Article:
17. Lumia Cyan is set to roll out for existing handsets all across the globe, and Nokia even updated its software update page for those who want to know about its progress for their region. For now, users enrolled in the free Windows Phone 8.1 Preview for Developers program should keep checking as an update is rolling out for the preview with build 12400. The update doesn't appear to be a big one, and does not bring any feature that's a part of the Cyan update. The update will start rolling out starting 1PM ET, so make sure you check for the update if you're rocking the developers preview. We'll update you once we find out complete details about what the new update has to offer. Source
  18. Microsoft having officially taken over Nokia, we could be about to see our very first Lumia running on Android. Courtesy of a leak by perpetual informant Evleaks, a “Nokia by Microsoft” handset running on Android could be forthcoming, although teasingly, we don’t have any further details at this point. Given that Microsoft is actively trying to promote and improve its own mobile platform, going for a device running on stock Android, or a variant thereof, would seem an odd tactic, but there are ways in which the Redmond could tweak the experience to suit Windows Phone. By using the Android compatibility as a shoo-in to a corner of the market that might otherwise have skipped a Lumia, Microsoft could take advantage of the new-found user base and tie said consumers into its own products. But there’s a lingering feeling that, despite industry pressure and the aspersions of some commentators, Microsoft will remain defiantly faithful in pushing Windows Phone, and part of this belief in the ecosystem may take the form of not building smartphones for rivaling platforms. Still, as consumers, we’d love to see some the likes of the Lumia 1520 and 1020 running on Android, with its broader range of apps and general flexibility. The cameras placed into these handsets, particularly the 41-megapixel offering of the Lumia 1020, are market-leading, and while we’re not going to throw out the confetti just yet, we’re quietly hoping that there’s some truth in these utterances. Source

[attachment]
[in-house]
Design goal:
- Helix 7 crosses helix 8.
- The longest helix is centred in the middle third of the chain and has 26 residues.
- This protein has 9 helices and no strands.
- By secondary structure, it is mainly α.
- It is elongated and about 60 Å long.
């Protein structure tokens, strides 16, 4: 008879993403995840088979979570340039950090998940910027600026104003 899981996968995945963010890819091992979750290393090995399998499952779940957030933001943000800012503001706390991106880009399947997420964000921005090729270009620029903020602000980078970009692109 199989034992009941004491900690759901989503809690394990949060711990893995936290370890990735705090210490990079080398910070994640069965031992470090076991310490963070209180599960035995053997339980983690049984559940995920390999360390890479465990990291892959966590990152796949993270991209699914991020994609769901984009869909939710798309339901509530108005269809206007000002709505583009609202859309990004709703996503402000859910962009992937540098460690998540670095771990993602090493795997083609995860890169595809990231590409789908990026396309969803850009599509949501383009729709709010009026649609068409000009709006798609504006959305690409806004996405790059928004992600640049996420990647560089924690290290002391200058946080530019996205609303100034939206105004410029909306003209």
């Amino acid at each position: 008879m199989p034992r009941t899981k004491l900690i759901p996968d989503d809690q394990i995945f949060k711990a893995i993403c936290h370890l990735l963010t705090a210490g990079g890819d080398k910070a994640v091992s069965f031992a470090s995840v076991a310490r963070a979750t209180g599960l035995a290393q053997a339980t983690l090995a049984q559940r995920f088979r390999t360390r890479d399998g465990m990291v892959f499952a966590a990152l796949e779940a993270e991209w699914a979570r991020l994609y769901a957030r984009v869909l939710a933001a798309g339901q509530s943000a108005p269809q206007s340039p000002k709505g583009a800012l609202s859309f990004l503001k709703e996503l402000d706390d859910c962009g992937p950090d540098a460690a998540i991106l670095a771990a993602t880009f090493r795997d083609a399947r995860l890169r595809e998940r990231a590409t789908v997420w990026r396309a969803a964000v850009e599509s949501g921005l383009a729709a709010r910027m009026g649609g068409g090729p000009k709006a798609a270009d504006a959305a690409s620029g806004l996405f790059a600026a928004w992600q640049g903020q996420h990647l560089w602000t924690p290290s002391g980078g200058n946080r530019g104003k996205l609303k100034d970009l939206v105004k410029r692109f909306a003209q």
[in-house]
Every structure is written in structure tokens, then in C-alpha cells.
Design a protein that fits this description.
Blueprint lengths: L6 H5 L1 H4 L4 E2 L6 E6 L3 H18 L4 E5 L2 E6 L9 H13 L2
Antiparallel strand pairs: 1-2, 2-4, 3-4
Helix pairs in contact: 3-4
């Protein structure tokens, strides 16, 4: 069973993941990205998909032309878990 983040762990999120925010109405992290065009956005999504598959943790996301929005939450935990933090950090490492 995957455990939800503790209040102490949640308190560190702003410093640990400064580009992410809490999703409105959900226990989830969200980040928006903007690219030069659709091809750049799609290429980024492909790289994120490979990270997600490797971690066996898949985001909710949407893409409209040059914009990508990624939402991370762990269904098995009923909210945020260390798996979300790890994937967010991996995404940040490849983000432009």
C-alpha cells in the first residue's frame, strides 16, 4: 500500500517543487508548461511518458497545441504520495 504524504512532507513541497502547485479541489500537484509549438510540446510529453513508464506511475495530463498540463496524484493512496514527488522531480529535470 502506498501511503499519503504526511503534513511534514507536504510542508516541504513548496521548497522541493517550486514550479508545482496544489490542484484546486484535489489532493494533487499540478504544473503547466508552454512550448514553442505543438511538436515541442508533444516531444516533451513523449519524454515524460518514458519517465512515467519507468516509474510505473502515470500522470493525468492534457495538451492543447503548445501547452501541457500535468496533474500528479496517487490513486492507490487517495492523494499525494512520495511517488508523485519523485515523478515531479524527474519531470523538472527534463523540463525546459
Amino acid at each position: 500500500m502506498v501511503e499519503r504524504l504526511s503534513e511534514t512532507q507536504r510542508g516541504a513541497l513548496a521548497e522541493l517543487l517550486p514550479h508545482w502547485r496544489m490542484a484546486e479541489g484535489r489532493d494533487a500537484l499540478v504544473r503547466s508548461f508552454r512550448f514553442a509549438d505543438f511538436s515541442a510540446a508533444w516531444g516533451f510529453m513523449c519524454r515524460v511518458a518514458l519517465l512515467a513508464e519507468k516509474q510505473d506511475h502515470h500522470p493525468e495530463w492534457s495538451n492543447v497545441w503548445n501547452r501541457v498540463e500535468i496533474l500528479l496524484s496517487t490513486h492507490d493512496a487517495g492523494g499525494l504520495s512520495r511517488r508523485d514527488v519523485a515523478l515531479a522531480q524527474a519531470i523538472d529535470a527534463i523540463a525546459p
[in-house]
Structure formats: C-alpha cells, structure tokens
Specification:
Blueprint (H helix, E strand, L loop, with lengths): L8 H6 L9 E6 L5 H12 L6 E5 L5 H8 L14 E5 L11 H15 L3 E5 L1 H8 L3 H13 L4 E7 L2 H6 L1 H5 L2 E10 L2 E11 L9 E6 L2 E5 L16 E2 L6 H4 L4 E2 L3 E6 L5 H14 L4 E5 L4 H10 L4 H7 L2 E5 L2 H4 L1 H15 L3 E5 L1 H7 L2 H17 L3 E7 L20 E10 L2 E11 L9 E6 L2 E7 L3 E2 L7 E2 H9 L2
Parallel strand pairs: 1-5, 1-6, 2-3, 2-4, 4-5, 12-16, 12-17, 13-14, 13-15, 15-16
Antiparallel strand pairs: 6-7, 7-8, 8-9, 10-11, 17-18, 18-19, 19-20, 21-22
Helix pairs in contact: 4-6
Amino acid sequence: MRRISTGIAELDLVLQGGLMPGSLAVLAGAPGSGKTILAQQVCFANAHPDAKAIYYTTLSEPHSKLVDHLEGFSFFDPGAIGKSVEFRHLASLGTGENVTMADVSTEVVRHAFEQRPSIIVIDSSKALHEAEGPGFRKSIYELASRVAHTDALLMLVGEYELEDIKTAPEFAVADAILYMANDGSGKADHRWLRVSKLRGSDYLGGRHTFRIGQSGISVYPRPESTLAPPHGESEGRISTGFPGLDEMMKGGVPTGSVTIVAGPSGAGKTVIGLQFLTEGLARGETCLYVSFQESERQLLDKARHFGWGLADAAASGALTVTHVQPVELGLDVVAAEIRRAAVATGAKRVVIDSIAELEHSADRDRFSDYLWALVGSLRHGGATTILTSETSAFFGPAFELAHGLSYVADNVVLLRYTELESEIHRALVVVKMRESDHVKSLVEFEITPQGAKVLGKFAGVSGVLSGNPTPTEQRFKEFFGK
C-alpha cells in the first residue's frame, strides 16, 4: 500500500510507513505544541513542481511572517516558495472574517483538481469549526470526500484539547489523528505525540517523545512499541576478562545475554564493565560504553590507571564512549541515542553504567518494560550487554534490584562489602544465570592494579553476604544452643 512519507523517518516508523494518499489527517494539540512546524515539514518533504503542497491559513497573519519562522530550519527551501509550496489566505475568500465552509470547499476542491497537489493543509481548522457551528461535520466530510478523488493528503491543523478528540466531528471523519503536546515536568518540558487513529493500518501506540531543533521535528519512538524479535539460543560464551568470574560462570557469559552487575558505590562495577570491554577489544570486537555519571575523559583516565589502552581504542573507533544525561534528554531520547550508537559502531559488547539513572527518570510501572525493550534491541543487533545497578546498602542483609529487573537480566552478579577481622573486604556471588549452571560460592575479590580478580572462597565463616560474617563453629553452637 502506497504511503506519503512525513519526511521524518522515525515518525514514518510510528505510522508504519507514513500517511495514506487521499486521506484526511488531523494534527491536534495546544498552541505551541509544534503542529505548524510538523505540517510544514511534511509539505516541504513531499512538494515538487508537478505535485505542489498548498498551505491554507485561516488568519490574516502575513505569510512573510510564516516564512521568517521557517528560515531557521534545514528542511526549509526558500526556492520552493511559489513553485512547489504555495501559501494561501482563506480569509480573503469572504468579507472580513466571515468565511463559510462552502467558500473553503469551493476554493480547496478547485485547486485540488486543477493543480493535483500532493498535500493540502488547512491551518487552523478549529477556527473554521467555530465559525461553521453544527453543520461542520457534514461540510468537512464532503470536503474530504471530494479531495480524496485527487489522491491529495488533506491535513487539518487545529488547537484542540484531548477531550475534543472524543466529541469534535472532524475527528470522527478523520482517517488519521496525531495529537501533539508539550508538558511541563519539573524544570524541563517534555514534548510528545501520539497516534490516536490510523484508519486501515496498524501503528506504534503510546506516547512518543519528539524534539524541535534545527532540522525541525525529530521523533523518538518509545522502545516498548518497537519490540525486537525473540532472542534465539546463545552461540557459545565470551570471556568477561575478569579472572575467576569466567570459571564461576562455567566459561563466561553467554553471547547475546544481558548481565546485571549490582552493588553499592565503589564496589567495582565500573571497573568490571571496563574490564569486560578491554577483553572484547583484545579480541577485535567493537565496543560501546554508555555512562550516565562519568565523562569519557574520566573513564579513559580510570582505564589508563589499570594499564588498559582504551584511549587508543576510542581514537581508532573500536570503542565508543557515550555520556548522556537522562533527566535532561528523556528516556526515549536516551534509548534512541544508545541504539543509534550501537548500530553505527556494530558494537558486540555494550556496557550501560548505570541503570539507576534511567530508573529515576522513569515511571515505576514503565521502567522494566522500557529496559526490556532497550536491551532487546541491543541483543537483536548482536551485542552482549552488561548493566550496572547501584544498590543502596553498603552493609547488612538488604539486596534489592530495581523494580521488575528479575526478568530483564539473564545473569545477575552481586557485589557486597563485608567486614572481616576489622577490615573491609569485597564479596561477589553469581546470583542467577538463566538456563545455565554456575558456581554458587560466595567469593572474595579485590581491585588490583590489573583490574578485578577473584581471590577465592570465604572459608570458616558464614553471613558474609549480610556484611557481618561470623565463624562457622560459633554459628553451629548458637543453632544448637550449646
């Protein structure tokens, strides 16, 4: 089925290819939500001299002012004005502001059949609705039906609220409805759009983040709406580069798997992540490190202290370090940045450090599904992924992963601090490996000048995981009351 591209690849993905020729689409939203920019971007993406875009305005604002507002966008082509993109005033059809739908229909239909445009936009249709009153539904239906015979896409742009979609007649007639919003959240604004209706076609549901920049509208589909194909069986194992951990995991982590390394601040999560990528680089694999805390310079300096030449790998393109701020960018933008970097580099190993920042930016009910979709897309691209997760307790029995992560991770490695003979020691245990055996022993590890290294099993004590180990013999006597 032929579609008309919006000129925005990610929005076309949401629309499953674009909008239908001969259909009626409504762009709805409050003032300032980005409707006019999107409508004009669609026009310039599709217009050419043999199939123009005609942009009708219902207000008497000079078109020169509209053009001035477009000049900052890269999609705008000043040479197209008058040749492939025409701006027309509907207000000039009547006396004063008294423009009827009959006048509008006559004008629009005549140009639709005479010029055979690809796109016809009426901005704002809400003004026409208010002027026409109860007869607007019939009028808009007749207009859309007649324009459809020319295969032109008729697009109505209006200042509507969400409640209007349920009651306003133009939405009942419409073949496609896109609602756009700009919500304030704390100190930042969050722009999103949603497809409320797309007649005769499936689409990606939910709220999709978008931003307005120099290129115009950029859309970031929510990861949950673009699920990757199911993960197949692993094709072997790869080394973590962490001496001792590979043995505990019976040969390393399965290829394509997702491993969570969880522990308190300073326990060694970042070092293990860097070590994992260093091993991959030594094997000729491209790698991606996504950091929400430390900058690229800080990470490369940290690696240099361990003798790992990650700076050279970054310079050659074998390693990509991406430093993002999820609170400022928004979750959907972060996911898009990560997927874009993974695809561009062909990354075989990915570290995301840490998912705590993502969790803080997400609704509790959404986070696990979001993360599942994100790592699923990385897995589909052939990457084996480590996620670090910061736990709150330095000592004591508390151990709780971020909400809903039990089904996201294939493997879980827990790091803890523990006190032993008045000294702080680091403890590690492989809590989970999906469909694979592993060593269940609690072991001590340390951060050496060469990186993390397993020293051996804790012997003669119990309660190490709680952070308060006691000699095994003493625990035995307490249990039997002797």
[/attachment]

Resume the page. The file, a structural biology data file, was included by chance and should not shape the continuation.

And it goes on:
19. Microsoft has posted their official changelog for the GDR1 update on the Windows Phone Blog. Although it misses a number of things specific to OEMs and carriers, as well as no mention of the improved Bluetooth stack and IE updates, it does list a number of improvements specific to the end user experience. Windows Phone 8.1 Update OS version: 8.10.14141.167 or 8.10.14147.180 FoldersFolders let you organize your Start screen the way you want. Just push one Tile on top of another one to create a folder and get going. MessagingCombine multiple text messages into one, and then forward them to someone else. SelectionWith improved selection, you can now delete multiple calls, messages, or contacts. Apps CornerApps Corner lets you specify apps other people can use on a Windows Phone. Great for individuals and any-sized organizations who want to provide only the essential apps for others to use for work, school, or any other reason. AlarmsNow you can customize the snooze time for an alarm, and then enjoy a little more shuteye for the time you want. Accessory appsUse accessory apps to get notifications from your phone on your smart watch, active phone cover, fitness tracker, or other kinds of accessories. Internet sharingNow you can share your cellular data connection over Bluetooth, so you can get an Internet connection on more kinds of devices. VPNVPN now supports L2TP, which lets you connect to more VPN services. Whether you connect to a VPN for work or personal use, you can do it on your Windows Phone. NarratorNarrator now has touch typing and a way for you to turn off hints for controls and buttons if you don’t want them read aloud. Some other improvements to Narrator help you unlock your phone a little more quickly, find and use the Back, Start, and Search buttons more easily, and tell you when your phone screen is on or off.Source